Millions of Indians continue to suffer in silence as the treatment gap due to mental health disorders remains in the face of staggering demand. World Mental Health Day – observed today – serves as a reminder of this grim reality.
Approximately 150 million Indians are affected by mental health disorders, including 56 million who suffer from depression and 38 million who suffer from anxiety disorders. Suicide, as recently reported by Health Issues India, is a leading cause of death in the country: 2.2 lakh people take their own lives in India every year, a quarter of the total lives lost to suicide worldwide and more than any other nation in southeast Asia.
Despite the enormous impact of mental illness in the country, the overwhelming majority of those in need of treatment struggle to avail it with Union Health Ministry data pegging a treatment gap of fifty to seventy percent. Mental healthcare accounts for a mere 0.16 percent of the government budget for health and there is an acute shortage of mental health professionals in the country. There are 0.3 psychiatrists, 0.12 psychologists and 0.07 social workers for every 100,000 Indians.
It is clear that more is needed to be done to close the mental healthcare treatment gap. Fortunately, steps have been made from the Mental Healthcare Act, 2017 – which reversed decades of antiquated, stigmatising policy which made accessing treatment difficult – and the Insurance and Regulatory Development Authority of India (IRDAI) moving to guarantee coverage for mental healthcare in health insurance plans.
Yet the need of the hour is for such steps forward to be properly implemented and enforced with continuous vigilance to ensure lapses are addressed and prevented. Health insurance plans, even after passage of the Mental Healthcare Act, were found to still be inadequate – with noncompliance by insurance companies flagged as a driving force behind this.
Furthermore, much more needs to be done to counteract the stigma and prejudice attached to mental illness – disturbingly common among Indians. “Due to the stigma and lack of awareness and lack of accessibility to proper mental health care, it takes anywhere between one year to fourteen years or more for [a] patient to seek treatment after suffering from schizophrenia and psychosis,” wrote Dr Madhusudan Singh Solanki earlier this year in the case of schizophrenia.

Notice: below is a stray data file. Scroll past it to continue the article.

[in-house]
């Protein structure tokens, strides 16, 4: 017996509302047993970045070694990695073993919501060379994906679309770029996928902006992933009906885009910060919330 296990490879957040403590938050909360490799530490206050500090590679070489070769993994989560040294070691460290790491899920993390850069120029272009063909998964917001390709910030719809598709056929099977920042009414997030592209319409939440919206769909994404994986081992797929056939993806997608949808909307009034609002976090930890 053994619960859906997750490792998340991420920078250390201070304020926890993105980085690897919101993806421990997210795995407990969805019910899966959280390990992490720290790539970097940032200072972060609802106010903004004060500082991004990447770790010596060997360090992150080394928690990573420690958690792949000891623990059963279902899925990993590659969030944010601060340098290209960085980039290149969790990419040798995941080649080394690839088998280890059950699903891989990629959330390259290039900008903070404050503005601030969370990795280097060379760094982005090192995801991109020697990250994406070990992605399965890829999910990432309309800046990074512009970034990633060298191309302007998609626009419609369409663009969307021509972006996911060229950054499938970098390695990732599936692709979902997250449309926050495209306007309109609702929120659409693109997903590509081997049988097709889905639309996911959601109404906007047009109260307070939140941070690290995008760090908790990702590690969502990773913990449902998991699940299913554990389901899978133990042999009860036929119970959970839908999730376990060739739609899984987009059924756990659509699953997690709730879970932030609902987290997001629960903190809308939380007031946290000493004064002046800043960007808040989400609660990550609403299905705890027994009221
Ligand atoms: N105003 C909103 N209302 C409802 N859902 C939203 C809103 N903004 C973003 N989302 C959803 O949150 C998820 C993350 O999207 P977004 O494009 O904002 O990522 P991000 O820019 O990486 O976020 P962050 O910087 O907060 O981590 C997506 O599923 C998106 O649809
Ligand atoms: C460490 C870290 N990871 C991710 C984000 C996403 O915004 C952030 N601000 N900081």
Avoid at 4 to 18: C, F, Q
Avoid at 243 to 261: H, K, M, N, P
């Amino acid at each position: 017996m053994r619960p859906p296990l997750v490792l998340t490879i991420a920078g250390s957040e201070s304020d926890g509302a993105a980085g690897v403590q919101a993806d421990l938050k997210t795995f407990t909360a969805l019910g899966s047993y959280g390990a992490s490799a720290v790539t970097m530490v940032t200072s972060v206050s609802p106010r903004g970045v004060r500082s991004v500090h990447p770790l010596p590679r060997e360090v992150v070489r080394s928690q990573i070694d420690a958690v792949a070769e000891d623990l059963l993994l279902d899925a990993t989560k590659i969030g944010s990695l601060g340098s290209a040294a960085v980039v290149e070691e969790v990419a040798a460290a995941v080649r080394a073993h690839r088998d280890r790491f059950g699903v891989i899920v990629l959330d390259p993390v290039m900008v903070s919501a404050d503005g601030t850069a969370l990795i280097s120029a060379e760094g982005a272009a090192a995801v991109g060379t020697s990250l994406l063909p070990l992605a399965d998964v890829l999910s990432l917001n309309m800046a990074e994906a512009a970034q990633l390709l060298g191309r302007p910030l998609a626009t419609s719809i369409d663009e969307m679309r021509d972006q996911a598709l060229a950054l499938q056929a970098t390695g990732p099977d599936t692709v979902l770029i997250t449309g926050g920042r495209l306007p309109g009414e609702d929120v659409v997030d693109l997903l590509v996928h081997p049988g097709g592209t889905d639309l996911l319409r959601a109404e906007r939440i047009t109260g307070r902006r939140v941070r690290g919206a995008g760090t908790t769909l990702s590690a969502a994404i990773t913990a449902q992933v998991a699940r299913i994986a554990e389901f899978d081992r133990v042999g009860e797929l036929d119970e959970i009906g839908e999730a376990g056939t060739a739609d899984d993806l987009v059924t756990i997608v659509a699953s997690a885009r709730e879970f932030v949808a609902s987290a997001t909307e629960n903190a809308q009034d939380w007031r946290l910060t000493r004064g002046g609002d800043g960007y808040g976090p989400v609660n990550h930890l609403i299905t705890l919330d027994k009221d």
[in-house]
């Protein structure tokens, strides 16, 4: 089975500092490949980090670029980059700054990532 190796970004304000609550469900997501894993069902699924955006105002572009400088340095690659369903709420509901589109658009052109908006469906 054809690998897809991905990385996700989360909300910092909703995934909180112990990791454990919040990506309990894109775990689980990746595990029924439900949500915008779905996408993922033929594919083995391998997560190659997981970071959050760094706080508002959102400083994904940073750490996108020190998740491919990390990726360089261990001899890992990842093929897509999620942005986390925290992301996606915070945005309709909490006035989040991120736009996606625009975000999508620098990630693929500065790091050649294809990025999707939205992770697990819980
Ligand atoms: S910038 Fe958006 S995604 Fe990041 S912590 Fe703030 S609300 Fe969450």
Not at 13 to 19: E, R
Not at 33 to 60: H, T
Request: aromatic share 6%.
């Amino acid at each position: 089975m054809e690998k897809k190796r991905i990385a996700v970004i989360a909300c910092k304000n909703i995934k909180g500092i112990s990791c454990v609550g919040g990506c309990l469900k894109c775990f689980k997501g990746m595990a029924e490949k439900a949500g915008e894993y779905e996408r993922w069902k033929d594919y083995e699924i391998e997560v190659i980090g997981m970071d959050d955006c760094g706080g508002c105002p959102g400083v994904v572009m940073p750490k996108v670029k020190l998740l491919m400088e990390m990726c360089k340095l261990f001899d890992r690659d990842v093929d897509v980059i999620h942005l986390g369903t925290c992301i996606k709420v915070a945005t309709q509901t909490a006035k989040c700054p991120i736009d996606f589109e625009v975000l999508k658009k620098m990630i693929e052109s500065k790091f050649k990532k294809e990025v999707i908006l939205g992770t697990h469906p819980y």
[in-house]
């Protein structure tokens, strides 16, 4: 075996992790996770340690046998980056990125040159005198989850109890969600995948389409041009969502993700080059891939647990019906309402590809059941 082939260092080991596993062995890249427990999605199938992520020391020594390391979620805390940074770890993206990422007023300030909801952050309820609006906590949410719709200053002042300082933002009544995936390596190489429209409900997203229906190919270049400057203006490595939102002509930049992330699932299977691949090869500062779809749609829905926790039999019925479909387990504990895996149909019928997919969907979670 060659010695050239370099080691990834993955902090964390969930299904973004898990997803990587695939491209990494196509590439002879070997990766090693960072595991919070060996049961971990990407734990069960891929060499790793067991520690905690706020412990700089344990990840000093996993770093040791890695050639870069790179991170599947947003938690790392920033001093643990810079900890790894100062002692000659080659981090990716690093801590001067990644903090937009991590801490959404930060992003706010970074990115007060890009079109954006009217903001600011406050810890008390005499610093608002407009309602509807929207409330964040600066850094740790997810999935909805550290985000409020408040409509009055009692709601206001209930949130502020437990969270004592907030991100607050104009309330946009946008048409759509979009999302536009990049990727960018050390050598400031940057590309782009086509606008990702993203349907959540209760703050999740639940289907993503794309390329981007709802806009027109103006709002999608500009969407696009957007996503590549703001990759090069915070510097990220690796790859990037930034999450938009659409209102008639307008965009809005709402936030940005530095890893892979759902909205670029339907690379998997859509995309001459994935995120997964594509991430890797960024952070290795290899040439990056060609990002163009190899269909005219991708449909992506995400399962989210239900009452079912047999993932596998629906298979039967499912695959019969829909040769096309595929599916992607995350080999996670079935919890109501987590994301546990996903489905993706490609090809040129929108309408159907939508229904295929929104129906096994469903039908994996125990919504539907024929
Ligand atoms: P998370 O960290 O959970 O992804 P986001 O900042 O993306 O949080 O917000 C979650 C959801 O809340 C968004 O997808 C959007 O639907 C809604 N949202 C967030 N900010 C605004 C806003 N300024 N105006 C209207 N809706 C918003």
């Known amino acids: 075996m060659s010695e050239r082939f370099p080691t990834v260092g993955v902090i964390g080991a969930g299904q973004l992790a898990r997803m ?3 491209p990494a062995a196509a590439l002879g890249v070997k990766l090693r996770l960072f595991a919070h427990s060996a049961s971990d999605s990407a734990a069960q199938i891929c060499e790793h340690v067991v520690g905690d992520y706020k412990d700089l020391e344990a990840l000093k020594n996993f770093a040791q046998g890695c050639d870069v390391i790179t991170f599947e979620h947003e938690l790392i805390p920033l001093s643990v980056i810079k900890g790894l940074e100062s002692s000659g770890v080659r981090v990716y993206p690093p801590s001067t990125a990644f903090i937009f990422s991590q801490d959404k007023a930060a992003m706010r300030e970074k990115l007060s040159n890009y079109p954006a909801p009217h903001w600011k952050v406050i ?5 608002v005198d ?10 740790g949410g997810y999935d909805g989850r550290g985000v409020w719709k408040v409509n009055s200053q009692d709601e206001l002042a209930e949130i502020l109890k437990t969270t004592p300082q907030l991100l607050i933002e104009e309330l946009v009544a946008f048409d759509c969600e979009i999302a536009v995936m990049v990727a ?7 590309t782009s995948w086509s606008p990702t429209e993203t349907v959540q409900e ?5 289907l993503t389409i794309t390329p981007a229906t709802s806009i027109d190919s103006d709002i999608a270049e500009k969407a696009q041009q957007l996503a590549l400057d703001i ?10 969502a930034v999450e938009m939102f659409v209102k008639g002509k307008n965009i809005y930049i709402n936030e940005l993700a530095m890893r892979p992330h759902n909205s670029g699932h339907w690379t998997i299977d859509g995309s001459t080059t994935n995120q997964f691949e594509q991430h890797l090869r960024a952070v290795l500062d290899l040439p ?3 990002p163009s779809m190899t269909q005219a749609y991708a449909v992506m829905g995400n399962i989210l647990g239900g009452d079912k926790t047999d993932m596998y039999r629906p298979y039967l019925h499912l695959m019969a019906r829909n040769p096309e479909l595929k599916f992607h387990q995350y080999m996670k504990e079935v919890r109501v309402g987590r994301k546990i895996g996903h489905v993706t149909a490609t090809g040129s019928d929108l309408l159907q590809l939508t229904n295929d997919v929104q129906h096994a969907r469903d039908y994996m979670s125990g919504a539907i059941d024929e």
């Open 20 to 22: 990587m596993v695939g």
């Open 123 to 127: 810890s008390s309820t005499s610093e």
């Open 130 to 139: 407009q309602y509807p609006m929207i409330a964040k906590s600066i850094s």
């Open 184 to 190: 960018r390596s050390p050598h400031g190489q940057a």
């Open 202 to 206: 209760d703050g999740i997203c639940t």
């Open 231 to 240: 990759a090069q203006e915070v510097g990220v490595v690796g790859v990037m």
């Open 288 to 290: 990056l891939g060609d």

Across the broad spectrum of mental health disorders, those affected face the prospect of being abandoned, shunned, ostracised, and discriminated against – with women especially vulnerable.
Even Prime Minister Narendra Modi, despite having often spoken out on the importance of mental health support, used dyslexia to mock political opponent Rahul Gandhi during this year’s Lok Sabha elections – reflective of a broader stigma attached to neurodevelopmental disorders such as dyslexia and autism, and mental health overall. One in eight Indian children are affected by neurodevelopmental disorders.
More than 100 countries will observe World Mental Health Day this year, at the national, regional, district, and local levels. This year, the World Health Organization (WHO) has launched a ‘forty seconds of action’ campaign – its name referencing the fact that one person commits suicide every forty seconds. The need is for World Mental Health Day to stimulate momentum towards achieving equitability and fairness in the lives of the millions of Indians affected by mental health disorders, so that they no longer have to suffer in silence and languish without access to affordable, high-quality treatment.
India has moved forward on mental health in recent years, but still has a long way to go before much-needed equilibrium is realised for those affected by mental illness compared to physical conditions. On World Mental Health Day, the eyes of the nation ought to be on policymakers and on themselves to gauge whether they will be held to account to take the steps to make these improvements and advances happen.